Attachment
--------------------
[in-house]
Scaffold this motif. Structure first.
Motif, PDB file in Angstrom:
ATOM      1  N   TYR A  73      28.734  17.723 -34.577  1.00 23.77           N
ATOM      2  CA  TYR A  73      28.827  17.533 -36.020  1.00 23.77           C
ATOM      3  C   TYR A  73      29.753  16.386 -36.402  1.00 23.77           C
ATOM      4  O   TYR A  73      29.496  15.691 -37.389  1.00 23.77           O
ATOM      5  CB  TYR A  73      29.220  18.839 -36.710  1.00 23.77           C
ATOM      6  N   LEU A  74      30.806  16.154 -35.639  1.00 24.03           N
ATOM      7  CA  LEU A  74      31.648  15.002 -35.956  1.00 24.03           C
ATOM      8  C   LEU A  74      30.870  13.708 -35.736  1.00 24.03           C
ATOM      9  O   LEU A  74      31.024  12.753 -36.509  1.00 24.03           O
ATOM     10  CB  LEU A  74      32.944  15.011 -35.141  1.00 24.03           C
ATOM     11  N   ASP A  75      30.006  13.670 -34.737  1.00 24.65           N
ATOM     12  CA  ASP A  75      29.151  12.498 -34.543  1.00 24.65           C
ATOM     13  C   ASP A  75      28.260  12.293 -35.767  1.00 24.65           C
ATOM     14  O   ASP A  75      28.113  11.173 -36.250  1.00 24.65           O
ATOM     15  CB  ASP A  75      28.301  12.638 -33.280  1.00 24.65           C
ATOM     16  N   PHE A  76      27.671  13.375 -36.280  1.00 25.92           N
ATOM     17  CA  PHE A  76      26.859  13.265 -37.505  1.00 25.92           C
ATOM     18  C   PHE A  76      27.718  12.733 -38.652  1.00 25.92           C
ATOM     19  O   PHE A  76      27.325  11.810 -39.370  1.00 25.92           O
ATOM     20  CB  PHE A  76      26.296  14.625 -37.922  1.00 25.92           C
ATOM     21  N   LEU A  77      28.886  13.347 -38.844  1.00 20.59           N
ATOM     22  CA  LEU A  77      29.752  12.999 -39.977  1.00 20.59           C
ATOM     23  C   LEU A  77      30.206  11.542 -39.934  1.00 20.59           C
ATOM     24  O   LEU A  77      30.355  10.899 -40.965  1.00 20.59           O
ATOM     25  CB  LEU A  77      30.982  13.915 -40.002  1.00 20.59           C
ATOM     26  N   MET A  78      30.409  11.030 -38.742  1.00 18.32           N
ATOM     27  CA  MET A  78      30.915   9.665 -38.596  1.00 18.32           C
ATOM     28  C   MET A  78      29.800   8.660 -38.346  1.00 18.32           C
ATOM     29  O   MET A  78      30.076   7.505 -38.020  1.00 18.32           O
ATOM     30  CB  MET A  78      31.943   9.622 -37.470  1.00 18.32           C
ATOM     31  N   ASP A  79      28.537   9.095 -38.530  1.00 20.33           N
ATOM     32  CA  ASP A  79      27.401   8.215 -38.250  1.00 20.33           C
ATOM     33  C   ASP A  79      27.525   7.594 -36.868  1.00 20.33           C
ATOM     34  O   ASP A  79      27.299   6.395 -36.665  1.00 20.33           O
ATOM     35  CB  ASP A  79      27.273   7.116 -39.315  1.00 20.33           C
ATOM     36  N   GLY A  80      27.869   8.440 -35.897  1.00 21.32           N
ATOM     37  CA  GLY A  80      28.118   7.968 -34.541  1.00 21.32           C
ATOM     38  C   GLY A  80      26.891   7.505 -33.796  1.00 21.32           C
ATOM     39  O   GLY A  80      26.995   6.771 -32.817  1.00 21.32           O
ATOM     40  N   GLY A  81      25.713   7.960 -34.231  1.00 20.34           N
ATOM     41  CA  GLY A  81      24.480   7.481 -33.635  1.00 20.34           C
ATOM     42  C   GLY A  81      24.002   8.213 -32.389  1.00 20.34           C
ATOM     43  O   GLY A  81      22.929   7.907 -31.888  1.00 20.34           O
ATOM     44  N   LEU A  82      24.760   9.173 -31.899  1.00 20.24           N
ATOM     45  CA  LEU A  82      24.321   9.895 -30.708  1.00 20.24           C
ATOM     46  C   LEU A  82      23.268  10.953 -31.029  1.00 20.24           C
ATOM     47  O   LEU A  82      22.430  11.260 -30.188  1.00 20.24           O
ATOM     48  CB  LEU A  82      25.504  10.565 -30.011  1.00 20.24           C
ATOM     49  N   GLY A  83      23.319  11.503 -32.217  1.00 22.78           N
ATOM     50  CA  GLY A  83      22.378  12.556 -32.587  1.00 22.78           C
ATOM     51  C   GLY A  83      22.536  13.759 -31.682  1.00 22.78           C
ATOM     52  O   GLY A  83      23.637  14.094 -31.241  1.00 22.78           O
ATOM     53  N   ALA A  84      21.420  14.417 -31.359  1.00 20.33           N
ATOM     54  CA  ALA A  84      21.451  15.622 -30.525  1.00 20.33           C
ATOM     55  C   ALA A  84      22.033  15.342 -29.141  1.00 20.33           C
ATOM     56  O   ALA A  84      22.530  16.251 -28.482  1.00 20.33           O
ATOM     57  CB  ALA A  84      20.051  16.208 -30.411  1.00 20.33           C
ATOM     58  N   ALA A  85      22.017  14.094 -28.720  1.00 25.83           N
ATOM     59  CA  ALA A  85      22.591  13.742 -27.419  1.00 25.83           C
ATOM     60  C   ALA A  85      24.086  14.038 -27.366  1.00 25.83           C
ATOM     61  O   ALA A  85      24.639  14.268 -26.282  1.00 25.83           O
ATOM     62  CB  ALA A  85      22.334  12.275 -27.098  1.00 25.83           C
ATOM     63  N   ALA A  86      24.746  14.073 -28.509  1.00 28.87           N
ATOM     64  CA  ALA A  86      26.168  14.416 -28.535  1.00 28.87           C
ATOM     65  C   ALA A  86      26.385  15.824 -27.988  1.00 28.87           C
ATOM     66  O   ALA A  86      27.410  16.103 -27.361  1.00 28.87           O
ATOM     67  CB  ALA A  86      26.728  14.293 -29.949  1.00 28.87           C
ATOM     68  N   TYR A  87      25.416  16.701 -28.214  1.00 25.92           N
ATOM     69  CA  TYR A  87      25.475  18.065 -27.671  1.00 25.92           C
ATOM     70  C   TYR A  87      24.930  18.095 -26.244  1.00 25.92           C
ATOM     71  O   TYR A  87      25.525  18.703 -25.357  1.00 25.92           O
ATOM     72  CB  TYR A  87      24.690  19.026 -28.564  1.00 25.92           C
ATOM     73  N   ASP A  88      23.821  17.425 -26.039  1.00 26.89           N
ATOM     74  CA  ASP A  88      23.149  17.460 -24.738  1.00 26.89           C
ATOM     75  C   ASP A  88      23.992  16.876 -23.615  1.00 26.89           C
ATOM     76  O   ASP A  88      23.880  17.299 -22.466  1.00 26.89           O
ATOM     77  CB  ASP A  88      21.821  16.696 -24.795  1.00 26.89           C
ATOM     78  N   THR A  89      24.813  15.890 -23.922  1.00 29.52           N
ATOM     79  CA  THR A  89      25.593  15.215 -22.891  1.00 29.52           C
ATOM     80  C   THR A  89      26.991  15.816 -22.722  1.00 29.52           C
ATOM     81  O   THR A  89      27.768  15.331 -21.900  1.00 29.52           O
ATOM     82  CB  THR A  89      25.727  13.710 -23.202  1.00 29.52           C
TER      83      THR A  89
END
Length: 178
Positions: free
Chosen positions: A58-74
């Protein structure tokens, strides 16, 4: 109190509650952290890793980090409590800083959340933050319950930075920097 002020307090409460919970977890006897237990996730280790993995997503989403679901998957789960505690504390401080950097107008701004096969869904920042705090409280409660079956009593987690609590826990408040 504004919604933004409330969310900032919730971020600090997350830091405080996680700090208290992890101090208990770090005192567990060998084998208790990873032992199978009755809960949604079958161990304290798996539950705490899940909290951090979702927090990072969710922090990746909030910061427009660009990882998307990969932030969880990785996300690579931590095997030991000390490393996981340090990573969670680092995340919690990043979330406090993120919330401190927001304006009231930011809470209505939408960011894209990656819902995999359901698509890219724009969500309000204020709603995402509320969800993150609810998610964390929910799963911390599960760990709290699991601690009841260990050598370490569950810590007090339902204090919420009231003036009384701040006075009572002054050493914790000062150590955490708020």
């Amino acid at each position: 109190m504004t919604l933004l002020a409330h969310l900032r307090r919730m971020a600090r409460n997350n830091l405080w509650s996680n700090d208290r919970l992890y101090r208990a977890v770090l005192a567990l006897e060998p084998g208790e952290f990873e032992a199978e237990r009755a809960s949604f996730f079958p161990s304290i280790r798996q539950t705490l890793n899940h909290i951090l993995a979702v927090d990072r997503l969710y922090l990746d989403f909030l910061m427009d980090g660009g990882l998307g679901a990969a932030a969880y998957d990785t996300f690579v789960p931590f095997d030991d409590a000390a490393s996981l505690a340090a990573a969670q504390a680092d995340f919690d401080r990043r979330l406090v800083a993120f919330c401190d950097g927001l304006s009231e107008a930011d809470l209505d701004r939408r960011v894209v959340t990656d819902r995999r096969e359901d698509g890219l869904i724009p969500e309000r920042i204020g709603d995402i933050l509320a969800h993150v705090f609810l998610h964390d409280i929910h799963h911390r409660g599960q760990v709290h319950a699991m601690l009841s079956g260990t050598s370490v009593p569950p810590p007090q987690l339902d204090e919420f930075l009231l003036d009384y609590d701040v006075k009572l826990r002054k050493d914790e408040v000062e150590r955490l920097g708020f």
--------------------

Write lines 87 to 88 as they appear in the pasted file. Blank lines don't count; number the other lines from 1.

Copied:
END
Length: 178